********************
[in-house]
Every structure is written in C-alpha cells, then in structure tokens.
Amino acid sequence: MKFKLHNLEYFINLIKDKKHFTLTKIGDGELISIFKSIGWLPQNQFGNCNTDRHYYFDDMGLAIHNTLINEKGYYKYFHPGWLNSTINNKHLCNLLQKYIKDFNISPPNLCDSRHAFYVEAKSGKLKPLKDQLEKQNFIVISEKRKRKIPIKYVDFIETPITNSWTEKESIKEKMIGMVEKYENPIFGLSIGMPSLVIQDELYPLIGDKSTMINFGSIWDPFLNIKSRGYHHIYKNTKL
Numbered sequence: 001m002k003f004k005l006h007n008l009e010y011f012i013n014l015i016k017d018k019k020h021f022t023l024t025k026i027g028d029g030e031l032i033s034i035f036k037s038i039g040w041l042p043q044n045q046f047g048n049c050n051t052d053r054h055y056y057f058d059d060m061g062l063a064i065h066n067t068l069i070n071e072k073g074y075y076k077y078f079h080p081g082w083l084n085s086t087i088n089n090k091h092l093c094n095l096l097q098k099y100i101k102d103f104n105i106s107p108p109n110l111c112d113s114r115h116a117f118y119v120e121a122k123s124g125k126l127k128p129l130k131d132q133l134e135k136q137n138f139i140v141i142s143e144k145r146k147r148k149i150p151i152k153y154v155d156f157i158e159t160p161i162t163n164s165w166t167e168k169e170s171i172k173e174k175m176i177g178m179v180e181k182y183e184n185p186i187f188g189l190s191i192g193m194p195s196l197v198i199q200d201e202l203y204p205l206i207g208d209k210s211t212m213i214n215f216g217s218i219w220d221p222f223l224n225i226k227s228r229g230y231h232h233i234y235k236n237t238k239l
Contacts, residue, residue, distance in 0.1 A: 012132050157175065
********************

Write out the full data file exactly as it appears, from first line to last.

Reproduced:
[in-house]
Every structure is written in C-alpha cells, then in structure tokens.
Amino acid sequence: MKFKLHNLEYFINLIKDKKHFTLTKIGDGELISIFKSIGWLPQNQFGNCNTDRHYYFDDMGLAIHNTLINEKGYYKYFHPGWLNSTINNKHLCNLLQKYIKDFNISPPNLCDSRHAFYVEAKSGKLKPLKDQLEKQNFIVISEKRKRKIPIKYVDFIETPITNSWTEKESIKEKMIGMVEKYENPIFGLSIGMPSLVIQDELYPLIGDKSTMINFGSIWDPFLNIKSRGYHHIYKNTKL
Numbered sequence: 001m002k003f004k005l006h007n008l009e010y011f012i013n014l015i016k017d018k019k020h021f022t023l024t025k026i027g028d029g030e031l032i033s034i035f036k037s038i039g040w041l042p043q044n045q046f047g048n049c050n051t052d053r054h055y056y057f058d059d060m061g062l063a064i065h066n067t068l069i070n071e072k073g074y075y076k077y078f079h080p081g082w083l084n085s086t087i088n089n090k091h092l093c094n095l096l097q098k099y100i101k102d103f104n105i106s107p108p109n110l111c112d113s114r115h116a117f118y119v120e121a122k123s124g125k126l127k128p129l130k131d132q133l134e135k136q137n138f139i140v141i142s143e144k145r146k147r148k149i150p151i152k153y154v155d156f157i158e159t160p161i162t163n164s165w166t167e168k169e170s171i172k173e174k175m176i177g178m179v180e181k182y183e184n185p186i187f188g189l190s191i192g193m194p195s196l197v198i199q200d201e202l203y204p205l206i207g208d209k210s211t212m213i214n215f216g217s218i219w220d221p222f223l224n225i226k227s228r229g230y231h232h233i234y235k236n237t238k239l
Contacts, residue, residue, distance in 0.1 A: 012132050157175065